Glastonbury weekend and fresh from a drubbing at the hands of Chrissie Hynde and her band of merry men, Gardeners arrived at a sunny Streatham and Marlborough CC with sinews stiffened and a thirst for redemption. The weather set fine and flat pitch in the offing, Jamie was surprisingly overheard declaring it a toss to lose: perhaps thinking of the oppo's health after the run around he'd given them during his chanceless century in the same fixture back in 2011. With no such qualms (and a three-ball duck in that match), your correspondent was minded more of one of the good doctor's favourite axioms: to win the toss and bat, and if doubt, think some more and then bat.
Evidently, the CDs' skipper, Turbervill, shared these sentiments and Gardeners took to the field first. There was no pre-game huddle and no team talk from skipper Richards, but actions often speak louder than words and both opening bowlers – the Metronome and Struthers – were on the mark straight away. After a testing first over from Rob, it was the left-armer Greg who struck first. A fine ball across the bows of the right-handed Sangster took the edge and Jamie, standing at first slip, did the rest.
This was the early wicket Gardeners needed to further buoy the spirits; as it was backed up by excellent fielding on both sides of the wicket, Carpediems found runs in relatively short supply. Cunners came into the attack and picked up where Greg left off; although, at the other end, some short balls from De Jesus found their way to the boundary via Alford's bat. But, at 50-1 and with the batsmen looking like they might start to seize the initiative, Dan struck – dismissing opener Barrow, who cut straight to Andy O at backward point.
Next to go a couple of overs later was the No 4, Churchill. Having been given a life after Dan shelled a catch that Sir Geoffrey's mother could have caught in her pinny, he played on attempting to drive a well-flighted delivery from Tom L, now interspersing the full tosses and long hops with more regulation left-arm spin.
This brought Turbervill to the crease, whose defining contribution was arguably in the Gardeners cause. With a slow-moving scoreboard exerting pressure on the batsmen, confusion over a single to backward point led to the run out of recent half-centurion Alford. An accurate throw from Struthers and a clean catch from bowler Tom left the batsmen two or three yards short of his ground.
From there on, wickets came at regular intervals. Carpediems never managed to put another testing partnership together. Despite keen running from Green, we restricted them to 151-9 off the 40 overs. A particular mention should go to Greg who finished with a splendid 2-16 from his eight overs. Next best was Tom with 2-23 from his eight, while Cunners, Rob and Dan all picked up a wicket apiece, and Piers was unlucky to see a catch go down, denying him a place among the wicket-takers.
The consensus reached over a very fine homemade sponge and homemade scones at tea was that this was 50 short of par. Glorious sunshine, a flat pitch and quick outfield were ready to aid the enterprising and industrious batsman.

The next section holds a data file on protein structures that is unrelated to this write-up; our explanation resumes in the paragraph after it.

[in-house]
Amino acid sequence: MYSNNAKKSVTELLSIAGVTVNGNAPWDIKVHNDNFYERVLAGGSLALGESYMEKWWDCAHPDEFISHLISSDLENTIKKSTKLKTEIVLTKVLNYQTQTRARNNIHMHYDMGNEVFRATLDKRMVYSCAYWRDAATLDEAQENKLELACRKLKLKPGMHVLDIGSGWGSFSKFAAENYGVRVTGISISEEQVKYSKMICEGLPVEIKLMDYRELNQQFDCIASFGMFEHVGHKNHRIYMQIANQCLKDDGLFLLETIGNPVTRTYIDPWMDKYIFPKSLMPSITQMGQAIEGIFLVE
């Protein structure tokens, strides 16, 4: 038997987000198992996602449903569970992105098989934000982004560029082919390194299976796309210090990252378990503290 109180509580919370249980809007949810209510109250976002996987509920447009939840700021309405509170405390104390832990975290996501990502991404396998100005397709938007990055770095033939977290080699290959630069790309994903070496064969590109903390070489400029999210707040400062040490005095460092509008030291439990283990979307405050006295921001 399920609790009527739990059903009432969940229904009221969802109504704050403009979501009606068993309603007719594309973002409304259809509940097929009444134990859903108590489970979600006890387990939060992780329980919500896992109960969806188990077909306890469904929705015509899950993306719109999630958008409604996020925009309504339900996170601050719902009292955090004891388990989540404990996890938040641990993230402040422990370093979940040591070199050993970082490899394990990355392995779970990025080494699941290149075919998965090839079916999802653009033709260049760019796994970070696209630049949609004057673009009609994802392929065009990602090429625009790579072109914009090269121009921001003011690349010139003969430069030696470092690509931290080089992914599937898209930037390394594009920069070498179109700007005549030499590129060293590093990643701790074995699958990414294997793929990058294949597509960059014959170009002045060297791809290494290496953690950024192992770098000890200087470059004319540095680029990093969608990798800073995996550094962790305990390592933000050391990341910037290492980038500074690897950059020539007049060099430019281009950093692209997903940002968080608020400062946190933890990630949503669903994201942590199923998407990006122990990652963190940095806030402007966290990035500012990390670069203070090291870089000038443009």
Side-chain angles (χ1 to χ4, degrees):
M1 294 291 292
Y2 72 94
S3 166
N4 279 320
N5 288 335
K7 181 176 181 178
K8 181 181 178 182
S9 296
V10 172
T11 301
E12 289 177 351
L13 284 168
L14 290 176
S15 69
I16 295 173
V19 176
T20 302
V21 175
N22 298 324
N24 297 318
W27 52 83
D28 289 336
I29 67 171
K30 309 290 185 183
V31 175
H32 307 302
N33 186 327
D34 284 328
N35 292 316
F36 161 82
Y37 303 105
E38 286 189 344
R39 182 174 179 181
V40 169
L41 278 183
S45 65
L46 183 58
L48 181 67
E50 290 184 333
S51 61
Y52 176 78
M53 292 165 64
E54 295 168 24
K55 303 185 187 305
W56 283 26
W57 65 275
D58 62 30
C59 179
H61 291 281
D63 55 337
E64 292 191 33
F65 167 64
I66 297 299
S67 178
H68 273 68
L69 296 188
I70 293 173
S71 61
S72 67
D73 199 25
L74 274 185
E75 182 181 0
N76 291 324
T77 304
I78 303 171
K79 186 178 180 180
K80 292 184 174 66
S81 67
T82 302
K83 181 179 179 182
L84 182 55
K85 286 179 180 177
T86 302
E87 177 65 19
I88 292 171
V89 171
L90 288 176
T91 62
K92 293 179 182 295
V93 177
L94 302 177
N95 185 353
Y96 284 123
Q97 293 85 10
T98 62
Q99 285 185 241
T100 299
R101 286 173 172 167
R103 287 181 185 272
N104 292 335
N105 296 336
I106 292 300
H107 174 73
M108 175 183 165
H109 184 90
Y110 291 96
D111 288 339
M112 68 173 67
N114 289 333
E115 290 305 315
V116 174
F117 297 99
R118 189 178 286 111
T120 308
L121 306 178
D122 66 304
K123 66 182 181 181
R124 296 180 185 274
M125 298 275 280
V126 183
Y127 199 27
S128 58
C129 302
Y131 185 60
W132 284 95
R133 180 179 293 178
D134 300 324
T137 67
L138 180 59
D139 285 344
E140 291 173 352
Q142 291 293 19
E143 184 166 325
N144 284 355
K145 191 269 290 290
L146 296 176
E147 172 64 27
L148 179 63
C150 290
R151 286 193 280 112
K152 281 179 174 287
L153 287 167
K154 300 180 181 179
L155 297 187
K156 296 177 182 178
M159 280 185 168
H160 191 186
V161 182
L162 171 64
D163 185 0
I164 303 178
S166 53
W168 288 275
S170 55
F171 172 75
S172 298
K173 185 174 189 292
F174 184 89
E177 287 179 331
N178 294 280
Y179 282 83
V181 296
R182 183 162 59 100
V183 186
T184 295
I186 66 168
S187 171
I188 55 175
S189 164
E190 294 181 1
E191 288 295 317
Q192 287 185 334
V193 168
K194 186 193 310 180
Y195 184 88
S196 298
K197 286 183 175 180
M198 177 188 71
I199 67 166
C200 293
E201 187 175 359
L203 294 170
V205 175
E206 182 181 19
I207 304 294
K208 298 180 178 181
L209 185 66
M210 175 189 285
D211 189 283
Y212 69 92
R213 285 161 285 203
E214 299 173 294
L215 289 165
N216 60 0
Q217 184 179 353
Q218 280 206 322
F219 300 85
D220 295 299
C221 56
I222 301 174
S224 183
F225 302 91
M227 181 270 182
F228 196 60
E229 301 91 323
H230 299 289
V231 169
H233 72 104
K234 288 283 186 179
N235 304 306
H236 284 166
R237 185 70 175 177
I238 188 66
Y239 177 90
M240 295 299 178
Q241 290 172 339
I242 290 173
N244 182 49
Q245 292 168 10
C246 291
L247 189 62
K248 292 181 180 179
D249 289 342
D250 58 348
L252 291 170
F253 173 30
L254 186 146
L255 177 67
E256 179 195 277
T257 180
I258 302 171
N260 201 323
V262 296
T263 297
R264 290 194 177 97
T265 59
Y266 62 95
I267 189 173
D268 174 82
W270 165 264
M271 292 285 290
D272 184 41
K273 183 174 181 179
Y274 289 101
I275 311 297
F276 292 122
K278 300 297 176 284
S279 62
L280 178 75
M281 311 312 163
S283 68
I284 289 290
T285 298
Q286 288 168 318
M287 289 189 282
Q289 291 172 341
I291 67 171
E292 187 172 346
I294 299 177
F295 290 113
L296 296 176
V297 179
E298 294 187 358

A man of generous spirit, Mike granted Tom another chance to open the innings (alongside the evergreen Woodhouse) after a less than impressive outing two weeks previously. The pair found runs relatively hard to come by in the opening overs, as Baxter and Maplethorpe kept to a tight line. Of the runs that did arrive, a majority were via the outside edge (certainly in Tom's case) to the oppo's mounting frustration. Just as batting seemed to be getting easier, David hit a full toss straight back at Baxter, who took a good return catch low down to his right and celebrated in a fashion reminiscent of Walsh and Ambrose in their pomp. The score 22-1, David's dismissal brought the dangerous De Jesus to the crease, and with Dan as the senior partner, he and Tom resolved to put the game out of the Carpediems' reach.
Sandwich Dan was his usual self, inflicting some heavy damage on his way to 50 (in his 50th game for the club, Ed) via a generous spread of crunching drives, pulls and cuts. At other end, Tom still found the outside edge on occasion, but runs also came from the middle of the bat, with some nice drives off front and back foot. However, on 65, with the score 132-1 and the partnership 110 runs old, Dan was deceived by a slower delivery from Baxter and top edged the ball straight to Green. This awoke Jamie from his boundary slumbers – relaxing in the expectation that Dan and Tom would finish things off. Generously, he allowed Tom to reach his fifty before striking the winning runs in the 35th over, Tom finishing on 51 not out, Jamie on 11 not out, and the Gardeners on 152-2.
As routine an eight-wicket victory as could have been desired or envisaged beforehand, this performance consigned memories of Gallery Road to the dustbin of history. Post match, it appeared most of the Gardeners were eager to get home for Mumford & Sons the on Pyramid stage, and they scarpered quick sharp. However, those with better tastes remained behind to toast the victory in the evening sunshine, and mourn their less sociable team-mates! TL
We play most of our games in Dulwich and net during the winter at The Oval. Send us an email at email@example.com
Oliver Cunningham (life)
Jamie Elliott (life)
John Lloyd (life)
Hugo Nisbet (life)
David Woodhouse (life)
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